A group of clergymen is calling on parents in The Bahamas not to cloak children involved in crime, before “you have to visit us to arrange their funeral”.
The call was made by Bishop Simeon B. Hall, senior pastor emeritus of New Covenant Baptist Church; Bishop Ross Davis, of Golden Gates World Outreach Ministries; Bishop Albert Hepburn, of United Christian Tabernacle; Bishop Walter Hanchell, of Great Commission Ministries; Bishop J. Carl Rahming, of St. Paul’s Baptist Church; and Bishop Gregory Minnis, of New Jerusalem Ministries.
“The insidious criminal gang culture, which is wreaking havoc on our land, is supported in part by parents who knowingly benefit from their children’s crimes,” the bishops said in a statement.
“We call on parents not to cloak their sons’ and daughters’ criminal behavior, as eventually you will have to bury them.
“If your son has an illegal firearm in your house or on your property, we implore you to call on any one of us to help you to turn in the gun to the authorities, before you need to come to us to conduct funeral services.
“It is unfortunate that some parents who defend and cloak their sons in criminal behavior attend our churches regularly, but do not readily apply the biblical teachings taught to their children’s illicit deeds.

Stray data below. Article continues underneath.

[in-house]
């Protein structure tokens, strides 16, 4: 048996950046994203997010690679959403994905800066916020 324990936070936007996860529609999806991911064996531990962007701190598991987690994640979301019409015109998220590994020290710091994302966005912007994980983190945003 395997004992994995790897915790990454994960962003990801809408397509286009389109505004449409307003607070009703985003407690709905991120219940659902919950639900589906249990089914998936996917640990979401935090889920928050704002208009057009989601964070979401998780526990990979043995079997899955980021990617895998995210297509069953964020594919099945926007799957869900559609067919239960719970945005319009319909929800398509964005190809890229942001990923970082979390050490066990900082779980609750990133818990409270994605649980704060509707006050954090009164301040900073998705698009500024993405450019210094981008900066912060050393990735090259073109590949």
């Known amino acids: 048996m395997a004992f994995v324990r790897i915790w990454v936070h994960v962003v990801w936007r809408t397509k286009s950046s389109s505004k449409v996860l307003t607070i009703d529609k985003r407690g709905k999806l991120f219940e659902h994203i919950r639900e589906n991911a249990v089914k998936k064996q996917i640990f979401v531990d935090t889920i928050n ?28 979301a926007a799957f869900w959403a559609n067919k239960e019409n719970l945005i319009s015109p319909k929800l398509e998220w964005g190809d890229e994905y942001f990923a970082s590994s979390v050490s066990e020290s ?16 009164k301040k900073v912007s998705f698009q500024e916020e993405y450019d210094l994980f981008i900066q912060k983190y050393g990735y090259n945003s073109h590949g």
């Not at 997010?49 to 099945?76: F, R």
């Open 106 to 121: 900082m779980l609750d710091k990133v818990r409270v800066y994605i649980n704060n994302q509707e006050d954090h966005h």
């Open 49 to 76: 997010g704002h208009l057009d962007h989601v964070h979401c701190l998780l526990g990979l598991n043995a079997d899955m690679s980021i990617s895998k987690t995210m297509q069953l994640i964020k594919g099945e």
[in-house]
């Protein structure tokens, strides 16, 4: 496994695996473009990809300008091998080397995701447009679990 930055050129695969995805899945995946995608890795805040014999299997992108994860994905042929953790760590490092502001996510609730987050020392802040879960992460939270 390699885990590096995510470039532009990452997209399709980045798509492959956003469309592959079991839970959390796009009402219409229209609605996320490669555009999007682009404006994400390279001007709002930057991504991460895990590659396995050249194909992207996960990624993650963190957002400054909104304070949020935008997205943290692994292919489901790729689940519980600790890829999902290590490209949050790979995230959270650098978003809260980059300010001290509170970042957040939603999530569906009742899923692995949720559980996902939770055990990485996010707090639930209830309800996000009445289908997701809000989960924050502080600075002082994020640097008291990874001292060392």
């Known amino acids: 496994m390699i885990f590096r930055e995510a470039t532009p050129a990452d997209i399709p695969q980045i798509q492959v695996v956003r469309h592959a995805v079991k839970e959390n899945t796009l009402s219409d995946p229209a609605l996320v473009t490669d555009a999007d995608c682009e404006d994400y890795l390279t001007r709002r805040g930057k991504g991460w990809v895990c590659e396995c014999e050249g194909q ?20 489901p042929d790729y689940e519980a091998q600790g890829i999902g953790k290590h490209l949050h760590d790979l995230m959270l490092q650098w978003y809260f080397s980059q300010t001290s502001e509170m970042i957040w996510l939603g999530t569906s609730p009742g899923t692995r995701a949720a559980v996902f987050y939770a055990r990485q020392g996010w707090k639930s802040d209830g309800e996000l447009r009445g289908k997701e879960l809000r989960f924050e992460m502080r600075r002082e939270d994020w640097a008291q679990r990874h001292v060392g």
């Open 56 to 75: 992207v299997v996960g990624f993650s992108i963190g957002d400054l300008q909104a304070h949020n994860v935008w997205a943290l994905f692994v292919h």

“We are all too aware that each time there is a murder, two different families are adversely affected, as the murdered person is buried and eventually the perpetrator is convicted and imprisoned.
“Parents are left to mourn and little children are left fatherless.
“We encourage parents to seek the assistance or services of your local church leaders, or other qualified professionals, to turn in your sons or daughters engaged in criminal activities into the police before you have to visit us to arrange their funeral.”
There have been 90 murders for the year.
The count climbed by 12 in under three weeks.
According to statistics released by police, murders and shootings have seen significant decreases compared to the same time last year.
Rape, however, increased by 12 percent.